Sparring Over Stripes: The adidas v. Thom Browne Trademark Trial

Sparring Over Stripes: The adidas v. Thom Browne Trademark Trial

On the 1st working day of the trademark trial between adidas and Thom Browne Inc., vogue designer Thom Browne confirmed up to courtroom donning some of the pretty apparel his eponymous firm was remaining sued over—a pair of black, calf-significant socks with four stripes. On January 12, a jury in the Southern District of New York found that Browne’s 4-stripe structure does not infringe on adidas’ 3-Stripe trademark, capping a nine-day trial filled with perfectly-dressed witnesses and ample activewear to fill an Equinox.

The Stripes

adidas owns a number of emblems for its “Three-Stripe Mark” covering several styles of apparel and footwear. Thom Browne is a high-finish vogue designer, with outfits retailing for 1000’s of dollars. For many years, Browne has provided different stripe models on luxury sweatpants, socks, and sweaters, most prominently using a four-stripe style and design and a “grosgrain” structure.

Pictures from best remaining: Browne’s sweatpants, adidas’ sweatpants, Browne’s shorts, adidas’ sneakers, and Browne’s sneakers. All images derived from adidas’ grievance in this scenario (see Grievance, adidas America Inc. v. Thom Browne Inc., No. 1:21-cv-05615 (Dkt. 1) (S.D.N.Y. June 28, 2021).

The Dispute

This was not the initially time these parties have squabbled around stripes. In all-around 2006, previously in Browne’s profession, he utilised a 3-stripe style. adidas questioned him to stop. He extra a fourth stripe. In 2018, adidas approached Browne—this time objecting to his 4-stripe layout. All over this time, Browne’s 4-striped designs have been prominently showcased on pre-game attire for athletes and the designer had moved into the “athleisure” market place. Settlement negotiations involving the get-togethers broke down, which prompted adidas to file fit in June 2021 trying to get $8 million in damages from Browne.

adidas sued Browne for trademark infringement and dilution. adidas claimed that the similarities involving Browne’s numerous stripe designs and adidas’s three-stripe trademark may confuse or mislead clients. adidas’ grievance alleged that “Thom Browne has . . . encroached into direct competitiveness with adidas by presenting sportswear and athletic-styled footwear that bear confusingly comparable imitations of adidas’s 3-Stripe Mark.”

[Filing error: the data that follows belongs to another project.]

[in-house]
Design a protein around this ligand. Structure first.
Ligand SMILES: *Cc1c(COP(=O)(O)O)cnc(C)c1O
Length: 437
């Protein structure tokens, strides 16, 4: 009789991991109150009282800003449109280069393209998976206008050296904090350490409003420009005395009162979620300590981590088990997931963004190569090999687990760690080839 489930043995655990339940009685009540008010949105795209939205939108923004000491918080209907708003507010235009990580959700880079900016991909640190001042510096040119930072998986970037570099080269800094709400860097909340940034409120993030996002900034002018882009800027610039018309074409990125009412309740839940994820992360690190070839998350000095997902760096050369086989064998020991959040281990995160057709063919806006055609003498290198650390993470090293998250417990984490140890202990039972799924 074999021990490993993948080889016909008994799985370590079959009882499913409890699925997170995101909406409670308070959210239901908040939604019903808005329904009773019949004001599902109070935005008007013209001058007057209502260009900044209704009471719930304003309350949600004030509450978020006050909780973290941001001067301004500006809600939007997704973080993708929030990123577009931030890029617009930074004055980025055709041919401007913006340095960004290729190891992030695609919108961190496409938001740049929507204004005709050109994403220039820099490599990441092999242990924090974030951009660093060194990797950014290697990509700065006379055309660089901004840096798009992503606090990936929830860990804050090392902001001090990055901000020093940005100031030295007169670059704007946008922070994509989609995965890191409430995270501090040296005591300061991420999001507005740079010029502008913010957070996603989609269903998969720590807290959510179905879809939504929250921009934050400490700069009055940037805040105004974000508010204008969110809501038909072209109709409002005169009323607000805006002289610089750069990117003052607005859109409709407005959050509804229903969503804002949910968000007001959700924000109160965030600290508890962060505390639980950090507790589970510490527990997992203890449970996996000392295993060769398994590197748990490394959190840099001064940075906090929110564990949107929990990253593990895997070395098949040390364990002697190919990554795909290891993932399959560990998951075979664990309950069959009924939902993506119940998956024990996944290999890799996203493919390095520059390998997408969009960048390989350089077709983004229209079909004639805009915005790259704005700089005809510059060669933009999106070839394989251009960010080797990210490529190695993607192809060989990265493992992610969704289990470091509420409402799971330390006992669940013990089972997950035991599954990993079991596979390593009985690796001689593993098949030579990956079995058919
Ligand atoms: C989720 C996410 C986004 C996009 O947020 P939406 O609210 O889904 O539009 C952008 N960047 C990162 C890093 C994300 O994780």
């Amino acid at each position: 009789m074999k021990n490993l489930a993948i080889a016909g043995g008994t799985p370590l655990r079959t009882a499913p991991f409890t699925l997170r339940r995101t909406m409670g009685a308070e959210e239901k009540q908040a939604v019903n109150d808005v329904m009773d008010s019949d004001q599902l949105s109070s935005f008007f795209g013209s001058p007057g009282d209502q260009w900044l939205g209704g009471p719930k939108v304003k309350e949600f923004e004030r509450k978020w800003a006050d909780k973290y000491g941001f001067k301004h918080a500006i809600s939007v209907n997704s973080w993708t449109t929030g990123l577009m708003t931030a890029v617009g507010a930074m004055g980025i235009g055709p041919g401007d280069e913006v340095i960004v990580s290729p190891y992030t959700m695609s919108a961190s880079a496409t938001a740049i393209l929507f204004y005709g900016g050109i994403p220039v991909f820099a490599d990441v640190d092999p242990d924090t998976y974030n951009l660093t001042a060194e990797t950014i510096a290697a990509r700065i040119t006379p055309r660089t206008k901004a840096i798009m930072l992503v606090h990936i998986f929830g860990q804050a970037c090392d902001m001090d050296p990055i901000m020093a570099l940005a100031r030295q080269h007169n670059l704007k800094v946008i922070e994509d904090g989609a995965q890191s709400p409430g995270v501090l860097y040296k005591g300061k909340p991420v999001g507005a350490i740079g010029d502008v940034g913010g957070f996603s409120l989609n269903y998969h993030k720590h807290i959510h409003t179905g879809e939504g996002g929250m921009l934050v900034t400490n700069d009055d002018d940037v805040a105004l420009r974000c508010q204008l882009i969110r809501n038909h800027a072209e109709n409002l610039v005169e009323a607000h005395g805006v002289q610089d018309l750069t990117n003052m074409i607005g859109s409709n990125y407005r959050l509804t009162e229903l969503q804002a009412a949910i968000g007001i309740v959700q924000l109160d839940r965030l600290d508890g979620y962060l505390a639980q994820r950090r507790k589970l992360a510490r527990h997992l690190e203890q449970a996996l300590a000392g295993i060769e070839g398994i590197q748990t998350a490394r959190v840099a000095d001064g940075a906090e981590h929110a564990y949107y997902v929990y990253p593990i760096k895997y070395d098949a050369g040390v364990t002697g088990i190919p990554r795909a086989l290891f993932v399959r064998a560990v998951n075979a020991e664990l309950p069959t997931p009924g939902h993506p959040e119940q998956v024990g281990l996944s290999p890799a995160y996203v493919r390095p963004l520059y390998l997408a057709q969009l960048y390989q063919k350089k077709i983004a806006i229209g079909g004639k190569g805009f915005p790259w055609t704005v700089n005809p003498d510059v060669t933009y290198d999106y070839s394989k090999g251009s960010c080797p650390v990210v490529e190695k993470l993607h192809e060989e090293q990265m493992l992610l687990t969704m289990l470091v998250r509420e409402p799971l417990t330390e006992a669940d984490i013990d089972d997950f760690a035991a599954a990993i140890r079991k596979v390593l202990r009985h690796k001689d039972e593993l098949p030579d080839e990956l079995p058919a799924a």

In tumble 2022, the functions cross-moved for summary judgment. adidas moved for summary judgment on Thom Browne’s affirmative defense of laches, acquiescence, and estoppel, and its fourteenth affirmative defense, which asserted that adidas deserted the A few-Stripe Mark. Thom Browne moved for summary judgment on its initially affirmative defense of laches, acquiescence, and estoppel. Choose Jed Rakoff entered summary judgment in favor of adidas dismissing Thom Browne’s fourteenth affirmative protection of abandonment. Judge Rakoff dismissed the part of Thom Browne’s initially affirmative defense asserting acquiescence and estopped, but denied summary judgment to both get together on Thom Browne’s to start with affirmative protection of laches.

The Trial

Decide Rakoff presided more than the demo. adidas introduced evidence exhibiting practically 30{a0ae49ae04129c4068d784f4a35ae39a7b56de88307d03cceed9a41caec42547} of persons surveyed believed that the disputed Thom Browne merchandise have been linked with adidas. Thom Browne testified that he is influenced by sporting activities in his models. Whilst adidas argued that Thom Browne had leaned into the sportswear industry, Browne’s team sought to dispel the idea that the makes had nearly anything in common. Browne’s lawyer instructed the jury that Browne and adidas contend in “different worlds,” comparing a $50 pair of adidas sweatpants to a virtually $800 pair by Browne and arguing that the manufacturers are not opponents. In closing arguments, Browne’s lawyer informed the jury that “adidas does not personal stripes.” The jury agreed, discovering Browne’s firm was not liable for trademark infringement or dilution.

The scenario is adidas The united states Inc. v. Thom Browne Inc., S.D.N.Y., No. 1:21-cv-05615.


In closing arguments, Browne’s legal professional instructed the jury that “adidas does not have stripes.”